Associate Editorial

Can We Take Our "Religion"
Out of the Closet?


Romans 12:1-2, "I urge you therefore, brethren, by the mercies of God, to present your bodies a living and holy sacrifice, acceptable to God, which is your spiritual service of worship. And do not be conformed to this world, but be transformed by the renewing of your mind, that you may prove what the will of God is, that which is good and acceptable and perfect." (NASB)

James 1:26-27, "If anyone among you thinks he is religious, and does not bridle his tongue but deceives his own heart, this one’s religion is useless. Pure and undefiled religion before God and the Father is this: to visit orphans and widows in their trouble, and to keep oneself unspotted from the world."

I think it valid to consider these passages together. The words “religious” and “religion” used in the James' passage have to do with the external acts we perform in regard to our service to God. There is no profit in the practice of showing piety in our congregational worship, while neglecting our duties and responsibilities of service and purity of thought and action, specifically, James said, in the area of self control of our tongues. Combining that idea with the teaching of Paul in the Roman letter, our “worship” to God is our service to Him in the presentation of ourselves as renewed and transformed by the good, acceptable and perfect will of God.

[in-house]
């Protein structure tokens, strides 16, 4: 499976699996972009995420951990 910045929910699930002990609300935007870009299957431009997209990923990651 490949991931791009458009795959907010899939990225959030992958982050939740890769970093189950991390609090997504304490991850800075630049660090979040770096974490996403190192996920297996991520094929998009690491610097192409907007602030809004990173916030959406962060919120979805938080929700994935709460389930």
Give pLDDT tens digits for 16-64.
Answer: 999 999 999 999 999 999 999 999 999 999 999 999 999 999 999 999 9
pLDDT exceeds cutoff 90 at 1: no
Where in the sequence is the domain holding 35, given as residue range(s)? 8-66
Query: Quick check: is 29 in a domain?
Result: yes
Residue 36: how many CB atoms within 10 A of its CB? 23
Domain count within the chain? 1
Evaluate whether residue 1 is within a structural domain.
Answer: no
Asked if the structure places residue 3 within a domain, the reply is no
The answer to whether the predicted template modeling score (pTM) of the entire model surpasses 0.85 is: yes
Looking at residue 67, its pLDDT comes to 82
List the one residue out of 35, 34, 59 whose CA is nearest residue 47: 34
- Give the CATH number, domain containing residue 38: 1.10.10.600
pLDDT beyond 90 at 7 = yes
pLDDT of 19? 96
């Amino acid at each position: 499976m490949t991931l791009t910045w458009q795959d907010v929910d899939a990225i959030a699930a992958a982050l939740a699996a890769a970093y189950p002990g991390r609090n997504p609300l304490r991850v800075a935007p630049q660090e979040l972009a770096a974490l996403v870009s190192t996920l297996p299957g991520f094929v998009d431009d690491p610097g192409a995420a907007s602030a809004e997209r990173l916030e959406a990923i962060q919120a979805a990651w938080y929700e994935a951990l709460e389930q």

It is commonly said by preachers and teachers that we must have authority for everything we do in religion. If we consider that statement in light of the definition of religion as it is used in James 1, such is a totally correct affirmation. Many are denying the validity of that premise these days as they view the New Testament as something other than an authoritative guide for life, but those people are simply wrong.